On Monday, President Roth released a summary of the Sexual Violence Task Force report, compiled by a group of students, faculty members, administrators, and representatives from Public Safety and the Middletown Police Department. The committee’s recommendations include the creation of a new position at the Office of Behavioral Services (OBHS), increased training in sexual violence response protocol for students, faculty and staff, and the appointment of a team to investigate the possibility of creating a Women’s/Gender Center at Davison Health Center.
“Last spring there was a lot of student action surrounding sexual violence and incidents that were happening on campus,” said Sexual Assault Response Team (SART) intern Eliza Gordon ’12. “I think the administration really listened to that, and that’s why [the task force] was convened.”
The issue of sexual violence on campus was brought to the forefront of student attention on April 16, when Joanna Bourain ’12 submitted a Wespeak entitled “Wesleyan’s Great, Unless You Get Raped.” A separate Wespeak, signed by 536 members of the University community, called for the creation of a position dedicated to addressing sexual violence on campus. A group of Wesleyan Student Assembly (WSA) members and other students subsequently wrote a report with recommendations for how the University’s policies and resources related to sexual violence could be improved.
The Sexual Violence Task Force was compiled last spring by Vice President for Diversity and Strategic Partnerships Sonia Mañjon and Vice President for Student Affairs Michael Whaley, and convened in its entirety four times over the course of the fall semester. Four subcommittees were also formed, which focused on staffing and resources, education and prevention, policy, reporting and adjudication, and community resources and collaboration.
The task force recommends filling the currently vacant WesWELL coordinator position with “a person experienced in sexual violence response/prevention,” and the creation of a new position within OBHS, who would provide support to survivors of sexual violence and oversee education programs.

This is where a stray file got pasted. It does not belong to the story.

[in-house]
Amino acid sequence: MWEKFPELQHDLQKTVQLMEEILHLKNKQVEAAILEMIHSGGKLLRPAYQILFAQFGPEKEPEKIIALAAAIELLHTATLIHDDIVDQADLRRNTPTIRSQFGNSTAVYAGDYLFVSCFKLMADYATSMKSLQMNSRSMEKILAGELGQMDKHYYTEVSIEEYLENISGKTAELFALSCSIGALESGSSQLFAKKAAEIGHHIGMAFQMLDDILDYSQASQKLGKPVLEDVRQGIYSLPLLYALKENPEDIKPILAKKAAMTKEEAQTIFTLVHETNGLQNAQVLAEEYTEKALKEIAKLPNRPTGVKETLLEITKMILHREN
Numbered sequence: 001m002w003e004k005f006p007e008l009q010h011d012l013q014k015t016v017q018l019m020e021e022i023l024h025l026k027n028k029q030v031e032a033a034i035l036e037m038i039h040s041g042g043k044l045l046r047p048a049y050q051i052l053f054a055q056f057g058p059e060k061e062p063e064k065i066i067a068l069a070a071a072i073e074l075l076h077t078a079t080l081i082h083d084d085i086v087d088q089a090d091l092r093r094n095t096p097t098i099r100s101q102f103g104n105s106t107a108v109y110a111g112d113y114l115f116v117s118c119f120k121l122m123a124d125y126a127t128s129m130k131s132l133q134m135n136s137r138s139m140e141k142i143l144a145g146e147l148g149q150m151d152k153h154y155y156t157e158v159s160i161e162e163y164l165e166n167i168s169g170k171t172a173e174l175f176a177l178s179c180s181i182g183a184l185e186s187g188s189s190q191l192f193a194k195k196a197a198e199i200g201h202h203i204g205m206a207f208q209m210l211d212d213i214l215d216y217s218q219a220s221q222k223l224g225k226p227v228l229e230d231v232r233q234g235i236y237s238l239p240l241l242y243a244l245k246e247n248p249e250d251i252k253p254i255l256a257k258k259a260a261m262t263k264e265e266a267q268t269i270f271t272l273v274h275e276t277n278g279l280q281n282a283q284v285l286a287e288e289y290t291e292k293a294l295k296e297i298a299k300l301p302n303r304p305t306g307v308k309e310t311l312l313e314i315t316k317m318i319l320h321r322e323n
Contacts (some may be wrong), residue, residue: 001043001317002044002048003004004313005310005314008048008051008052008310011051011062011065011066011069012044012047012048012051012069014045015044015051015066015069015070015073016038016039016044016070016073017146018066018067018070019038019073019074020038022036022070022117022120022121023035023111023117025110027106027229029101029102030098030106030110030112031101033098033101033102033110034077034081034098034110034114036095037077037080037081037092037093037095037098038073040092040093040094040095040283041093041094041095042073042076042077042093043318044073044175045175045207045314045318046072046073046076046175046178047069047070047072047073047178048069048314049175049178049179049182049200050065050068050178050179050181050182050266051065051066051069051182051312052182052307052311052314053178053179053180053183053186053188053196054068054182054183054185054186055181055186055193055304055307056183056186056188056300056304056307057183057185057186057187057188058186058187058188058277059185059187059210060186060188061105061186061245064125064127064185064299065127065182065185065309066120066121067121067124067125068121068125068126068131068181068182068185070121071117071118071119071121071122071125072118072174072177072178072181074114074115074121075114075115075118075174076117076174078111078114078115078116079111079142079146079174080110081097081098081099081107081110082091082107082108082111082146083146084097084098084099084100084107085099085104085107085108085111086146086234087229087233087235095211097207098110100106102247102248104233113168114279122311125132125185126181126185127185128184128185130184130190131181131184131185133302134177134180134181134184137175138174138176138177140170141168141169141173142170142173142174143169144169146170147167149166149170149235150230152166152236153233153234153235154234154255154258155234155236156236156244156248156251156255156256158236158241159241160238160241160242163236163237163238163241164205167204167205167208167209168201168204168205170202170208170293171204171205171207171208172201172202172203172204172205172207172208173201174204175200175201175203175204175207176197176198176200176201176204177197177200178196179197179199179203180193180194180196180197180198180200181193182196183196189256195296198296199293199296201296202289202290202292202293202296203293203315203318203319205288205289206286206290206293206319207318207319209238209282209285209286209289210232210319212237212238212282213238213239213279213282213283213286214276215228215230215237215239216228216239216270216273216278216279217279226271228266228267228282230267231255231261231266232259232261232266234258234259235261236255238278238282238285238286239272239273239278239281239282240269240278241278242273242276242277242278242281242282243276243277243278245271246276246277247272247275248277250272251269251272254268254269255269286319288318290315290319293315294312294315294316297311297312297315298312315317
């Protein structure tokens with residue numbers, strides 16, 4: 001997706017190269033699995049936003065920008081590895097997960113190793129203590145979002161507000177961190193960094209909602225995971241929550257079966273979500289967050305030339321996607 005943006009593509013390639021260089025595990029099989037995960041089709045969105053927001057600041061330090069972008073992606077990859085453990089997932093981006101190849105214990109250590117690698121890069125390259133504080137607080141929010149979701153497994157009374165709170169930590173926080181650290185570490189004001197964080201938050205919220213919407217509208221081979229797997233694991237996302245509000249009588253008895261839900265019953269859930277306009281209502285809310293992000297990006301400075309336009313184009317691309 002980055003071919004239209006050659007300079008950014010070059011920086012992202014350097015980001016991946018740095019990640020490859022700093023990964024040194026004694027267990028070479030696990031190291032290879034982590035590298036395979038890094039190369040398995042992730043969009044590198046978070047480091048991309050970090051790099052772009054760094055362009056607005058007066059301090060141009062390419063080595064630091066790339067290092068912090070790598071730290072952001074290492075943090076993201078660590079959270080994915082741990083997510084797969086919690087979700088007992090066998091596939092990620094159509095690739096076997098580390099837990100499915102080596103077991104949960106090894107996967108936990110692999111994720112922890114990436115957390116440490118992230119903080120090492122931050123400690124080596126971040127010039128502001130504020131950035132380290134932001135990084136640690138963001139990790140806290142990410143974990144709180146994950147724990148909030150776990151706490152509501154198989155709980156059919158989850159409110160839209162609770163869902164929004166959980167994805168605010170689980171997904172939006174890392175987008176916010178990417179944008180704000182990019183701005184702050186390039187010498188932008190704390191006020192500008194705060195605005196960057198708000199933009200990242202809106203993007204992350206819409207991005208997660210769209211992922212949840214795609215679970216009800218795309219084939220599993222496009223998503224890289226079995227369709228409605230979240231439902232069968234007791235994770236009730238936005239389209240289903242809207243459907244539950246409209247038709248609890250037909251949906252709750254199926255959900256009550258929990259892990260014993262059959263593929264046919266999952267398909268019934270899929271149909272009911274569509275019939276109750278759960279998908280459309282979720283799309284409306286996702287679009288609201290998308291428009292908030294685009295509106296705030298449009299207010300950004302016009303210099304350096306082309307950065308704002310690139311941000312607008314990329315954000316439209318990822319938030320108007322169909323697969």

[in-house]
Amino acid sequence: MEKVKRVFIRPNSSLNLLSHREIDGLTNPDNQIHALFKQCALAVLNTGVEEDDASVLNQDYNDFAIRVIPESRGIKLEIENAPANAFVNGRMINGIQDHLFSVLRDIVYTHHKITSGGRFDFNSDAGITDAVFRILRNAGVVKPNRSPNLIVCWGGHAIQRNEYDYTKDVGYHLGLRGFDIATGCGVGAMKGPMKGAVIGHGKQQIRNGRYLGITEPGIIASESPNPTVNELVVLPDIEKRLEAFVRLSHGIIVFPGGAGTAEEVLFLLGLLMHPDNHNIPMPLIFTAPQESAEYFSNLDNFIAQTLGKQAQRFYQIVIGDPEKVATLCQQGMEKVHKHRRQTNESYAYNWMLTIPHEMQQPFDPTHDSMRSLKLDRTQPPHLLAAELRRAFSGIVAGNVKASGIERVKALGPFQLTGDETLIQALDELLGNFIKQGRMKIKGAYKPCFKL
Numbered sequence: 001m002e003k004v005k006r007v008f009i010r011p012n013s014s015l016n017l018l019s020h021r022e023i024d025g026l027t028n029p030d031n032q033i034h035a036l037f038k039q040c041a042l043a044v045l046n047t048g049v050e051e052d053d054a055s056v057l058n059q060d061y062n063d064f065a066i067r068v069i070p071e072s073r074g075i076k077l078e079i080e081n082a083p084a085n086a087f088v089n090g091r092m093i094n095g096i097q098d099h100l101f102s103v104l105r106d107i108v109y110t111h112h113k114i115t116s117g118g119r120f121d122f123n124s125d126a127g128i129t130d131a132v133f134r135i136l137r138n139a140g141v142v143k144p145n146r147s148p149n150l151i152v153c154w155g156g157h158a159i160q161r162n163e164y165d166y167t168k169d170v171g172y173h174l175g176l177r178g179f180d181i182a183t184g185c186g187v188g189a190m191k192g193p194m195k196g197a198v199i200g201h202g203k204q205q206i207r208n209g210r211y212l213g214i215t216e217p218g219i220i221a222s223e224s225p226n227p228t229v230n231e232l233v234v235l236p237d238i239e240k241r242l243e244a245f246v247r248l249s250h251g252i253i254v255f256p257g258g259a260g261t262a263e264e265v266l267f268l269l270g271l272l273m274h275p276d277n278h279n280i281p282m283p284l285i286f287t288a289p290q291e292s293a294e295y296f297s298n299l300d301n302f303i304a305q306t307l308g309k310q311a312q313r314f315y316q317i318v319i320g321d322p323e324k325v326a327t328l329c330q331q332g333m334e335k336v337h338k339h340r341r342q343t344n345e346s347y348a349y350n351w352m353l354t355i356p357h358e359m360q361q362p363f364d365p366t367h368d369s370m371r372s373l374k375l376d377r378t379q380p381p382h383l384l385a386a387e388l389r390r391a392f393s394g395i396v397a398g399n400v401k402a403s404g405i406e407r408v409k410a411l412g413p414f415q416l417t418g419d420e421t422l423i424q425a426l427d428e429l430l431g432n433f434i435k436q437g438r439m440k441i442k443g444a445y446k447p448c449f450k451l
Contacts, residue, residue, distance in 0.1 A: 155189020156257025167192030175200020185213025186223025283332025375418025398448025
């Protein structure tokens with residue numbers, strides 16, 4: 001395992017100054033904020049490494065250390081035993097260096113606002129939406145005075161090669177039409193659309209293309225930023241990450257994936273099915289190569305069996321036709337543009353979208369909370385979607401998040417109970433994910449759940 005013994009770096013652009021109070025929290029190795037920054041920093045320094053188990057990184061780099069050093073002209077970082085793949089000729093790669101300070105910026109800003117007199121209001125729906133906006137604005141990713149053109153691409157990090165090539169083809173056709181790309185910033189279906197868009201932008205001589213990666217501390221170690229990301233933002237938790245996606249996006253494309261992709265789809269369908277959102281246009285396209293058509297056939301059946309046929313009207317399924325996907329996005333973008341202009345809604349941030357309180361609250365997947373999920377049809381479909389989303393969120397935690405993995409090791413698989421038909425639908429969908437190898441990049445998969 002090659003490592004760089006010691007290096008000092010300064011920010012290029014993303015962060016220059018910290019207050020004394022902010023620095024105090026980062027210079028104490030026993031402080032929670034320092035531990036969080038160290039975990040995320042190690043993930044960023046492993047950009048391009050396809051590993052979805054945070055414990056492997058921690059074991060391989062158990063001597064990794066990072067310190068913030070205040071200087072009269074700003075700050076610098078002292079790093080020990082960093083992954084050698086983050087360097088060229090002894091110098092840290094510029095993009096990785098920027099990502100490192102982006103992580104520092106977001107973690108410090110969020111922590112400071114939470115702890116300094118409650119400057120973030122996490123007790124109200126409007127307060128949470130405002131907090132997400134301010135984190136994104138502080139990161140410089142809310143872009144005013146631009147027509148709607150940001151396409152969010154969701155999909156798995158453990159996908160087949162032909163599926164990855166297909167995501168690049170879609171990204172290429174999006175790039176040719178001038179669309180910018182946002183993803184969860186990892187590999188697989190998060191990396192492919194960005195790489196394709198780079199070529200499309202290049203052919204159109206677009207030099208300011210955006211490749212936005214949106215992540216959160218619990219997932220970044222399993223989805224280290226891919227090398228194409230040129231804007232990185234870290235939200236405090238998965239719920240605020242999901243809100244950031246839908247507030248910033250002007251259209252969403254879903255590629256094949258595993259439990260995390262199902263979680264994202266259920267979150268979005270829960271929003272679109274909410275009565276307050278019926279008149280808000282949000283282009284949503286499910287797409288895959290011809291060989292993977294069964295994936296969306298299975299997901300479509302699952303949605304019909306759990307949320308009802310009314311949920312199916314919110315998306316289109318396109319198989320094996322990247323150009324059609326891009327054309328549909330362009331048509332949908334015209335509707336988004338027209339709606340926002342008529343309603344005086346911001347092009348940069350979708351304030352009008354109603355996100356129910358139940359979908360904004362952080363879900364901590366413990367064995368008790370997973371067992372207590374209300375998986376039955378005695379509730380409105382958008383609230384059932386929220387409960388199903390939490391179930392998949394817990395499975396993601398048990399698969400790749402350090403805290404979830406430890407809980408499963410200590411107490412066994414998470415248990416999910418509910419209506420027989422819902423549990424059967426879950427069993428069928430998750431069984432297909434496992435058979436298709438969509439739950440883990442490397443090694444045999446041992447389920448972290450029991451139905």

“This person, who has confidential status because of their job as a psychiatrist, would be the point person for sexual assault cases,” Gordon said. “That person would be specifically known throughout campus as the per son to go to talk to, somebody who is very specifically trained in response, not to say that the rest of OBHS isn’t, but to be kind of an advocate.”
The report also calls for a review of current educational outreach programs related to sexual violence, mandatory attendance by all students at sexual violence education trainings during orientation and other times throughout the year, training for faculty, staff, and students leaders on their role in reporting sexual violence, and required special education initiatives for student athletes and members of fraternities and sororities.
Jared Courville ’11 objected to the task force’s suggestion of specific programs for athletes and participants in Greek life.
“It seems like the people on the task force hold negative stereotypes about athletes and frat brothers,” said Courville, which is a member of the swim team.” If they want to provide mandatory training, it shouldn’t be required of only a specific group––it should be a campus-wide initiative.”
Gordon said that the decision to require special training for athletes and members of fraternities and sororities resulted in part from data showing that sexual violence occurs more commonly in group situations.
“Nationally-based statistics show that there are higher rates of sexual violence among big groups of people: a fraternity, a society, a team,” Gordon said. “I personally believe that that kind of training should be mandatory to everybody on campus. It doesn’t matter what group you belong to, I think it’s really important for everybody to be on the same page.”
The report also called for the creation of a Women’s/Gender Center, which, according to members of the task force, used to exist in some form as part of the Feminist, Gender and Sexuality Studies Department.
“The idea is that there could be a space where there could be a resource library, having it in [the Davidson Health Center] because all of the other resources are here,” Gordon said. “The idea of a physical space is really important to a lot of people, a gathering space. It’s still very much being visualized.”
According to Gordon, Roth met with the task force once they compiled the report to discuss their findings.
“He was asking us a lot of questions, he was probing into specific areas that he wanted more clarification for, then all in all was really accepting of the recommendations, which is great,” Gordon said.
Task force member Camara Awkward-Rich ’11 expressed satisfaction with the report and the administration’s response.
“I think it’s really good,” Awkward-Rich said. “Last year a lot of people were really frustrated by how slow things moved, but I think Roth seemed really down with implementing a lot of the stuff we recommended and I think that’s a good thing.”